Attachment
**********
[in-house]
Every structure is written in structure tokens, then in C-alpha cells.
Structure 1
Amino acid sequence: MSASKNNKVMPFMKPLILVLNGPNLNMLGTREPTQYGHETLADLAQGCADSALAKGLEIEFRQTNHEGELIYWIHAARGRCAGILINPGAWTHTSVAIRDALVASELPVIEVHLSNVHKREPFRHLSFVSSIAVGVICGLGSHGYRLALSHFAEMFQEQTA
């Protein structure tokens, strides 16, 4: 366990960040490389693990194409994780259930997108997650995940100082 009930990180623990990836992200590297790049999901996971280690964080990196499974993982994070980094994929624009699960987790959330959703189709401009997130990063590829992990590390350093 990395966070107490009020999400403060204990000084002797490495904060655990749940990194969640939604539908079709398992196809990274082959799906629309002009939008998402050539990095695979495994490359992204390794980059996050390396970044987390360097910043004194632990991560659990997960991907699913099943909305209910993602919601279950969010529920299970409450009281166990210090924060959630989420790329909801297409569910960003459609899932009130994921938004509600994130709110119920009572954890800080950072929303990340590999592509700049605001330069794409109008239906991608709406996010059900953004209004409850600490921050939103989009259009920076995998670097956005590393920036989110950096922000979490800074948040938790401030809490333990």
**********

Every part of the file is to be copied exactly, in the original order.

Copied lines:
[in-house]
Every structure is written in structure tokens, then in C-alpha cells.
Structure 1
Amino acid sequence: MSASKNNKVMPFMKPLILVLNGPNLNMLGTREPTQYGHETLADLAQGCADSALAKGLEIEFRQTNHEGELIYWIHAARGRCAGILINPGAWTHTSVAIRDALVASELPVIEVHLSNVHKREPFRHLSFVSSIAVGVICGLGSHGYRLALSHFAEMFQEQTA
């Protein structure tokens, strides 16, 4: 366990960040490389693990194409994780259930997108997650995940100082 009930990180623990990836992200590297790049999901996971280690964080990196499974993982994070980094994929624009699960987790959330959703189709401009997130990063590829992990590390350093 990395966070107490009020999400403060204990000084002797490495904060655990749940990194969640939604539908079709398992196809990274082959799906629309002009939008998402050539990095695979495994490359992204390794980059996050390396970044987390360097910043004194632990991560659990997960991907699913099943909305209910993602919601279950969010529920299970409450009281166990210090924060959630989420790329909801297409569910960003459609899932009130994921938004509600994130709110119920009572954890800080950072929303990340590999592509700049605001330069794409109008239906991608709406996010059900953004209004409850600490921050939103989009259009920076995998670097956005590393920036989110950096922000979490800074948040938790401030809490333990």